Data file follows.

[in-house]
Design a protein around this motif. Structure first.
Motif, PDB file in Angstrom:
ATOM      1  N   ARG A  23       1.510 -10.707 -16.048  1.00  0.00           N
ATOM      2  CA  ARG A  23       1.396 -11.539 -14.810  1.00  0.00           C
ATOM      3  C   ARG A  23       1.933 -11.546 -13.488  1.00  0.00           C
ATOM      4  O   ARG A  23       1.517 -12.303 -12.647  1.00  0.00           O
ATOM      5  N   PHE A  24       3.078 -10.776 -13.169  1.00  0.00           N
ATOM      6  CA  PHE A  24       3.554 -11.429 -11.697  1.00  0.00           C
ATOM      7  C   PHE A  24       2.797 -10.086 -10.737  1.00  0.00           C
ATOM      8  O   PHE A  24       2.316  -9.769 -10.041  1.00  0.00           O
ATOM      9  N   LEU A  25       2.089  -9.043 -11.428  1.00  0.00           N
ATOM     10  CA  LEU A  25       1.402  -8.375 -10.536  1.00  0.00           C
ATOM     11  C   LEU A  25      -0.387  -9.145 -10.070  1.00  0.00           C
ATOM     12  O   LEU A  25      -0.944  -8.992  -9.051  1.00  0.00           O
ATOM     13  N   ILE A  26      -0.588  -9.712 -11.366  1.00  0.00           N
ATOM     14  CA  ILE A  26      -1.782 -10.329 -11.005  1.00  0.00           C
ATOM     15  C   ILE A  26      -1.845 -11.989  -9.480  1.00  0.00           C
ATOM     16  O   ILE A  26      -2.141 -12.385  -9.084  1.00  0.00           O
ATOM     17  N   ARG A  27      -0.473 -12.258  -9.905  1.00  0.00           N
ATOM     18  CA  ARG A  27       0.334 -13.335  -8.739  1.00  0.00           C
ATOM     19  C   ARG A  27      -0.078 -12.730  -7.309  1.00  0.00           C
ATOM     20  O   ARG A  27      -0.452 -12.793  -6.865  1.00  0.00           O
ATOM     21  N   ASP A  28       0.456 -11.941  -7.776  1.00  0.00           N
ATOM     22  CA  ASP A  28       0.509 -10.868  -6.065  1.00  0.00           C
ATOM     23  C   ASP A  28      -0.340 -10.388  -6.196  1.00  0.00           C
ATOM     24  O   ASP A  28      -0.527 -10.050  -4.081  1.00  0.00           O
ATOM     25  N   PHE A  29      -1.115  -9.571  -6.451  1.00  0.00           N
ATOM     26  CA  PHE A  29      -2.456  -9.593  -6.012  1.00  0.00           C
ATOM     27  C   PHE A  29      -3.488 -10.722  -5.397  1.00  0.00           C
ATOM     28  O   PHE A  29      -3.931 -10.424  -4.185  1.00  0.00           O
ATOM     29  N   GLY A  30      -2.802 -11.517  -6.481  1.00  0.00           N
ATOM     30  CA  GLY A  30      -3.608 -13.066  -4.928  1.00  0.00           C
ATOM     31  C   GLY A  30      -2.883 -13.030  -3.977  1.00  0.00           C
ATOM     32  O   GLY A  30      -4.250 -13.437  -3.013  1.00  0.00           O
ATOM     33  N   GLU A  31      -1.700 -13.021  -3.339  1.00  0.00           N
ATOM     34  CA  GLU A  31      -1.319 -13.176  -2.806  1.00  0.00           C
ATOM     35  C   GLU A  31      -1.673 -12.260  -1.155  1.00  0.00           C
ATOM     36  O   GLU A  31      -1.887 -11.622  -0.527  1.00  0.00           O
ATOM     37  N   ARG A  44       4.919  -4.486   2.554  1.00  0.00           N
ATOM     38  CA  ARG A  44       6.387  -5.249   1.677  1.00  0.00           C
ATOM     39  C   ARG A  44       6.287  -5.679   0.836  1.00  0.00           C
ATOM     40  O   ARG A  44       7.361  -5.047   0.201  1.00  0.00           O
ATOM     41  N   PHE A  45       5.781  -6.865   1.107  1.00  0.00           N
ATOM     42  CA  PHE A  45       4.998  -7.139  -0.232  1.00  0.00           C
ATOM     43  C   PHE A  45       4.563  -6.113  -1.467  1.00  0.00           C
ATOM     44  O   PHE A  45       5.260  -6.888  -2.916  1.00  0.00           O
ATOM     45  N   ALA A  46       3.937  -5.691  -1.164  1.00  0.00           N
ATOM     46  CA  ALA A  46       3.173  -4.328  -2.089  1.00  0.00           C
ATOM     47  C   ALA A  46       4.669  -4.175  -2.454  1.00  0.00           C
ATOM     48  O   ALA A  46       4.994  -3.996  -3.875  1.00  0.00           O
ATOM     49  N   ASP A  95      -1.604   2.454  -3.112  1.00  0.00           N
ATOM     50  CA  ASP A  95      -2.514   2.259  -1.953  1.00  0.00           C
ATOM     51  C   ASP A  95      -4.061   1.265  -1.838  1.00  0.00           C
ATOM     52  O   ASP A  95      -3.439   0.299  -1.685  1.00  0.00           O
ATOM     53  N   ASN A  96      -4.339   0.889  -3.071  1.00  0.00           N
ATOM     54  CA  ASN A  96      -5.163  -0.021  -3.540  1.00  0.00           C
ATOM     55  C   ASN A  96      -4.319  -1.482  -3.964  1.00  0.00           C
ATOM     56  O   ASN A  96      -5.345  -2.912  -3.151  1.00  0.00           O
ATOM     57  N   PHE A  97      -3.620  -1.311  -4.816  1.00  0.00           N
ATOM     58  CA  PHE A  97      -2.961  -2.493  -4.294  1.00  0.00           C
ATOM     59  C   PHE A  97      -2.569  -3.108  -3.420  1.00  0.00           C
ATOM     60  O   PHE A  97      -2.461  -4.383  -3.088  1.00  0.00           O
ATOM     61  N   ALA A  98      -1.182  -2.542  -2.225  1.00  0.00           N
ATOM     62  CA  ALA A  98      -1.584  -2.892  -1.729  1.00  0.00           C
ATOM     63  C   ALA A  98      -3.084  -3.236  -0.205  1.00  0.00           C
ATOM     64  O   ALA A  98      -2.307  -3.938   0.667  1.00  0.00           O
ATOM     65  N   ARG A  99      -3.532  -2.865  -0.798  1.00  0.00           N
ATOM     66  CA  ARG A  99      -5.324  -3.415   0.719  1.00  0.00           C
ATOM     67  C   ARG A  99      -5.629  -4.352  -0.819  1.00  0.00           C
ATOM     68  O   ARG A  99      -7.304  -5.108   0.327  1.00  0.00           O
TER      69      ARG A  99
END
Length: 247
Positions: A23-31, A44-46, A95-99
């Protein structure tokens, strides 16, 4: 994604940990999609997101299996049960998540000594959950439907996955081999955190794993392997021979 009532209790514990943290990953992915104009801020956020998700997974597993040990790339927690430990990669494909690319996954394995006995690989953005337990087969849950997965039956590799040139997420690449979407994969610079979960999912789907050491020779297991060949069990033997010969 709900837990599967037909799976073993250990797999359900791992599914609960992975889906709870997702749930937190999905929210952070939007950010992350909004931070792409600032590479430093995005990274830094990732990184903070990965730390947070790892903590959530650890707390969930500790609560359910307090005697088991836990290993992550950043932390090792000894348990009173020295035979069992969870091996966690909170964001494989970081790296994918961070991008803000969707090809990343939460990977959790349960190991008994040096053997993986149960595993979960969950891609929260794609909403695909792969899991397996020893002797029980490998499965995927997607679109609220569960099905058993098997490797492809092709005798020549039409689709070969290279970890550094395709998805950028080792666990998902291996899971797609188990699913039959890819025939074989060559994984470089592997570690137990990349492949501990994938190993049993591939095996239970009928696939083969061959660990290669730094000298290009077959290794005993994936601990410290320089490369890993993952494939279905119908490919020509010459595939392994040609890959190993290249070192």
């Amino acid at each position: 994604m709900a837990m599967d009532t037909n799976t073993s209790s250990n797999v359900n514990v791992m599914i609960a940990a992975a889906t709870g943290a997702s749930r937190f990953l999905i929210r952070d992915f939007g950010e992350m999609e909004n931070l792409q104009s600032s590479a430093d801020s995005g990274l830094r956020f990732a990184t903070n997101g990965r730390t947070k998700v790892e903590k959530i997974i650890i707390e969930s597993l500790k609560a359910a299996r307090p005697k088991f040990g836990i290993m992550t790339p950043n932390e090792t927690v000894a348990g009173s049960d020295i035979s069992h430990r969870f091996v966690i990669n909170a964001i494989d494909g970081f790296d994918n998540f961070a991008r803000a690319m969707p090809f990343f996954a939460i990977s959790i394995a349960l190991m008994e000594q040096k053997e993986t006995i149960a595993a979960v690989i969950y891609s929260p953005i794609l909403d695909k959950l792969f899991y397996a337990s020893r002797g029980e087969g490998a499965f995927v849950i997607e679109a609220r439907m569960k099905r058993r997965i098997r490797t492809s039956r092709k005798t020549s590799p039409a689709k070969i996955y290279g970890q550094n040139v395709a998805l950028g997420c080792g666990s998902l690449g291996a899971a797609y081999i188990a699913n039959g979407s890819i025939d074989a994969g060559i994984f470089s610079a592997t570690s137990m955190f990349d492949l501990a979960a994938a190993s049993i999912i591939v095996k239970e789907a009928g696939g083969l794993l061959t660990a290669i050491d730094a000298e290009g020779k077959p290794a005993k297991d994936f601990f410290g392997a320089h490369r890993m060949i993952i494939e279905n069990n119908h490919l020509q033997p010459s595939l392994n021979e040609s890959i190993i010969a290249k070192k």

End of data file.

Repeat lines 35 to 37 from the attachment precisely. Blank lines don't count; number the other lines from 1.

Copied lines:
ATOM     32  O   GLY A  30      -4.250 -13.437  -3.013  1.00  0.00           O
ATOM     33  N   GLU A  31      -1.700 -13.021  -3.339  1.00  0.00           N
ATOM     34  CA  GLU A  31      -1.319 -13.176  -2.806  1.00  0.00           C